With regard to the automatic stays, the Court concludes that the ninety-day period set forth in 8 C.F.R. § 1003.6(c)(4) presents the same due process concerns that the Court addressed in its ruling granting bond hearings. The Court held that, absent special circumstances, those who have been held for six months or longer have been subject to an unreasonably prolonged detention, and are thus entitled to bond hearings. The automatic stay regulation exacerbates this due process concern by extending detention for at least three additional months - half of the presumptively reasonable period of detention - for those who have been found, by an impartial adjudicator, not to present a public safety or flight risk, or whose risk has been found manageable through reasonable bond conditions. The significant enhancement of detention time by way of the automatic stay is triggered unilaterally by the Government, without any oversight by a neutral third-party, raising precisely the same due process concerns of prolonged detention on the sole say-so of the Government's enforcement arm.

         Limiting the duration of the automatic stay, however, to ten days, as Petitioners request, does not pay sufficient heed to the needs of an orderly stay process - which process should allow the Government sufficient time to file a motion for discretionary stay, the detainee sufficient time to respond, and the BIA sufficient time to reach a decision. To strike the appropriate balance, the Court holds that any automatic stay invoked by the Government shall lapse thirty calendar days after the IJ's ruling granting bond.

         The discretionary stay process also raises due process concerns, but of a different nature. Here, the problem is lack of notice and opportunity to be heard, as well as lack of clear decisional standards. Due process has long condemned these types of unfairness. “Procedural due process at its core requires notice and an opportunity to be heard at a meaningful time and in a meaningful manner.” Garcia v. Fed. Nat. Mortg. Ass'n, 782 F.3d 736, 741 (6th Cir. 2015) (internal citation and quotations); see also Giaccio v. State of Pa., 382 U.S. 399, 403 (1966) (“Implicit in this constitutional safeguard is the premise that the law must be one that carries an understandable meaning with legal standards that courts must enforce.”).

         The Government argues that any due process concerns regarding notice and the opportunity to be heard are cured by the ability of detainees to file motions for reconsideration after a stay as been granted. However, allowing a detainee to be heard after the deprivation has already occurred does not satisfy due process in this circumstance. “Procedural due process generally requires that the state provide a person with notice and an opportunity to be heard before depriving that person of a property or liberty interest.” Daily Servs., LLC v. Valentino, 756 F.3d 893, 904 (6th Cir. 2014) (internal citation and quotations omitted). While a post-deprivation remedy will satisfy due process where the deprivation was “unpredictable or random” or “predeprivation process was impossible or impracticable, ” that is not the case here. Id. at 907. Petitioners have been deprived of a liberty interest in being freed on bond - and this deprivation is perpetrated “pursuant to an ‘established state procedure, '” and thus “postdeprivation remedies alone will not satisfy due process.” Id. (quoting Logan v. Zimmerman Brush Co., 455 U.S. 422, 435-436 (1982)). Further, the motion for reconsideration process fails to address the other due process concern, i.e., the lack of standard by which stays are granted. See Giaccio v. State of Pa., 382 U.S. at 403.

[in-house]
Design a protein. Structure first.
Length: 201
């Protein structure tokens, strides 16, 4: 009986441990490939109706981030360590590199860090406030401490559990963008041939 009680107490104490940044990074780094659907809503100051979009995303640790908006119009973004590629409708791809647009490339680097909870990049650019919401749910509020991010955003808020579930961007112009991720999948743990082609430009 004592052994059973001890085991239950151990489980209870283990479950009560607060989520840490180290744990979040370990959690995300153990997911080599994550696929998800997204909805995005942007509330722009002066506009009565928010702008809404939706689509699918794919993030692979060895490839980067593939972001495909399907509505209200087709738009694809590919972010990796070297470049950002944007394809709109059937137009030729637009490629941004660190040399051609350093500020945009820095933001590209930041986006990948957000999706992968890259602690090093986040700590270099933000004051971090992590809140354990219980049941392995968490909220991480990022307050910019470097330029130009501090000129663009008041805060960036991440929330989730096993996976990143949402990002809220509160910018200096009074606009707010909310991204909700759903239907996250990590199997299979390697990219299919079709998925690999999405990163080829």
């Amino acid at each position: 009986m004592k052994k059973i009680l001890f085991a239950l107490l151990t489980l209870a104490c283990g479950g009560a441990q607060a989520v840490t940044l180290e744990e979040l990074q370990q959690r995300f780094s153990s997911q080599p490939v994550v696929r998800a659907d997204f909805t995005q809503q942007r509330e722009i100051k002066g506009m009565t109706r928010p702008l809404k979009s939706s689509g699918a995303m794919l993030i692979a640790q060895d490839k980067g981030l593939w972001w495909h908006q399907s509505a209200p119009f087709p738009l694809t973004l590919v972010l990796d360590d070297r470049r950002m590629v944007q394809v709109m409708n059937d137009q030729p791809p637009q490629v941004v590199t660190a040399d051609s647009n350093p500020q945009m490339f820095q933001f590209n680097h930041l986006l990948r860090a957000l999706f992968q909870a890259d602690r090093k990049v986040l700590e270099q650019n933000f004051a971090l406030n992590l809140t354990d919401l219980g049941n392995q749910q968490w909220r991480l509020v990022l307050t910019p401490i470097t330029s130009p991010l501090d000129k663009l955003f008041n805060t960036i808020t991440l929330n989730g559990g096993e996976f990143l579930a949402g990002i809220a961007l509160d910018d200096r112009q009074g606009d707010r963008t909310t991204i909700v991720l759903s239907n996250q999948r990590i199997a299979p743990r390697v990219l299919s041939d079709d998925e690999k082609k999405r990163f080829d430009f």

To address the due process concerns raised by the discretionary stay process, the Court modifies the procedure through which the Government may seek a stay before the BIA. Any request for a discretionary stay shall be filed within seven calendar days of the IJ's decision granting bond. The detainee shall receive notice and an opportunity to respond to the request. Thereafter, the BIA may grant a stay if the Government “has made a strong showing that [it] is likely to succeed on the merits” - which is the same standard historically used for stays on appeals, see Nken v. Holder, 556 U.S. 418, 434 (2009) (internal citation and quotations omitted).

         Because some bond decisions are already the subject of automatic and discretionary stays previously entered, it is unfair to deprive the detainees in such cases of the rights now being recognized. Thus some retroactive adjustments must be made. If an automatic stay has been granted, it shall expire by the earlier of ninety days from its issuance or May 7, 2018. If a discretionary stay has been granted by the BIA, the stay shall expire on May 7, 2018, unless by that date the Government files a renewed request for a discretionary stay and notice of that request is given to the detainee; in such event, the discretionary stay previously granted will expire ...